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Nov 21st 2017
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Home Reviews Books Meena Kumari: The Classic Biography

Meena Kumari: The Classic Biography

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An interesting and seemingly honest account of the enigmatic actress.

 

I was probably in class 7th or 8th when I first saw 'Sahab Biwi Aur Ghulam'. The intensity of Meena Kumari's performance was a completely different experience for me. The actress was in a league of her own. As I grew up and watched some of her other movies, I found out exactly why she was my father's favourite actress.

It's just a coincidence that a biography of her missed my attention all these years.

Vinod Mehta's 'Meena Kumari: The Classic Biography' is an interesting and seemingly honest account of the enigmatic actress. The author is not known to shy away from speaking his mind or showing a selective approach. These two qualities make all his work different. The biography of Meena Kumari is no exception.

It must have been a difficult task to present a balance picture of the actress, as 'everything connected with her life had at least four versions'. Mehta talks about how being an outsider helped him present 'an alien unattached view' that was 'closer to the truth about this woman than an inside one'. He sure did justice to his subject and that speaks for the effort.

A child artist (Mahajabeen) from a talented family, fallen on hard times, to becoming the brightest star of her time, Meena Kumari's story is both inspiring and sad. Inspiring for it showcases the true human spirit of survival, sad because she kept chasing those lost years for the rest of her life. The craving for 'baasi roti', sharing the house with her sisters, the constant effort to reach out to her staff and unit members, an ever readiness to help others in both cash and kind, showed her immense desire to be loved by all. It comes as no surprise then that her personal experiences made her performances so intense and real.

Mehta carefully handles the personal life of the actress that was marred by a broken marriage, an affair without the desired end, and alcohol abuse. What surprises many, including the author is the professionalism of Meena Kumari despite her drinking bouts.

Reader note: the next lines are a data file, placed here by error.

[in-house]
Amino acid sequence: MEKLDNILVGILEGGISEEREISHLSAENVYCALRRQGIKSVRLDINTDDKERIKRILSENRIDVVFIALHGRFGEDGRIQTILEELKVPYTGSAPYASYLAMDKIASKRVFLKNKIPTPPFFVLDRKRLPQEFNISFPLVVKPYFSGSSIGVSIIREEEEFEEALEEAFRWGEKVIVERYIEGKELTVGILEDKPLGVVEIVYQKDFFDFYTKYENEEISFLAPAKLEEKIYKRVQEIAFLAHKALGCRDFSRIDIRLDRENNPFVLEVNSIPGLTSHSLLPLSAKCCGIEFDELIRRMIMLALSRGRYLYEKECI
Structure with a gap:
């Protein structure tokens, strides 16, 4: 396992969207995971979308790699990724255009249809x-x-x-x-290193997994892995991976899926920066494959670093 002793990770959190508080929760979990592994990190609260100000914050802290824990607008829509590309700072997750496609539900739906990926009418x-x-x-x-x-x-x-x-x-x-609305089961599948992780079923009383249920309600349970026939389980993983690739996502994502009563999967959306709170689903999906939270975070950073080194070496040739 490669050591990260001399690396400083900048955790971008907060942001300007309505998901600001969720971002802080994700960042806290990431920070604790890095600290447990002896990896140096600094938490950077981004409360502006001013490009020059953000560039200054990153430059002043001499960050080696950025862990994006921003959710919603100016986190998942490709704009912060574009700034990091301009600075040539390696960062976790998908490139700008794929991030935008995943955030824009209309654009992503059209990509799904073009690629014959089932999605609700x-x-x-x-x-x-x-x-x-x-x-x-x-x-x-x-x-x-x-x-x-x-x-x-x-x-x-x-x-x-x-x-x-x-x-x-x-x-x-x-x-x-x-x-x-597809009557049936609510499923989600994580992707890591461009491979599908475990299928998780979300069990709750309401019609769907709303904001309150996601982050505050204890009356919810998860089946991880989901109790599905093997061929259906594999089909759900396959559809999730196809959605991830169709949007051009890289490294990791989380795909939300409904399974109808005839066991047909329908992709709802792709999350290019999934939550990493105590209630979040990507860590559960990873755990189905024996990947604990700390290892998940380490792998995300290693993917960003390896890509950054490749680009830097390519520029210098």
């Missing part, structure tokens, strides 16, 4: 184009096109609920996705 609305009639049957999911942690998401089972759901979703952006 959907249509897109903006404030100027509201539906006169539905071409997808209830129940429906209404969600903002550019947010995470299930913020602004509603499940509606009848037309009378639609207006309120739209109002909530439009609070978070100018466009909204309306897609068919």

The author also talks about another lesser known aspect of the actress - philanthropy. He calls her 'a lady of nearly foolish generosity' and provides numerous instances to carry home the point. The one that stands out is the way she asks for 'only one guinea' from Kamal Amrohi (knowing that he has fallen on difficult times) for Pakeezah.

Vinod Mehta has produced an overall engaging account of a universally loved and acknowledged actress of Hindi cinema. The section where he talks of her death transports you to the Bombay of March 1972. In fact, the chronology of events inside St. Elizabeth's Nursing Home gave me goose bumps. I was reminded of a similar death in the family.

One missing link seems to be Dharmendra, which the author himself confesses about in the beginning. I also do not agree with the author talking of Meena Kumari's performance in Pakeezah as one showing only her 'competence'. That she managed to give a superlative performance, in spite of carrying the burden of her past performances, speaks otherwise. As for the film, he himself sounds contradictory. One one side he doesn't think that 'Pakeezah is a great film' and on the other he feels that it 'evokes a strata of Muslim society with more correctness and realism' than any other film.

The biography will certainly give you some food for thought, and that 'bechaari' feeling for the great actress. Something that sadly seems to have stuck to her memory.

 

—Editor, The Other News

 

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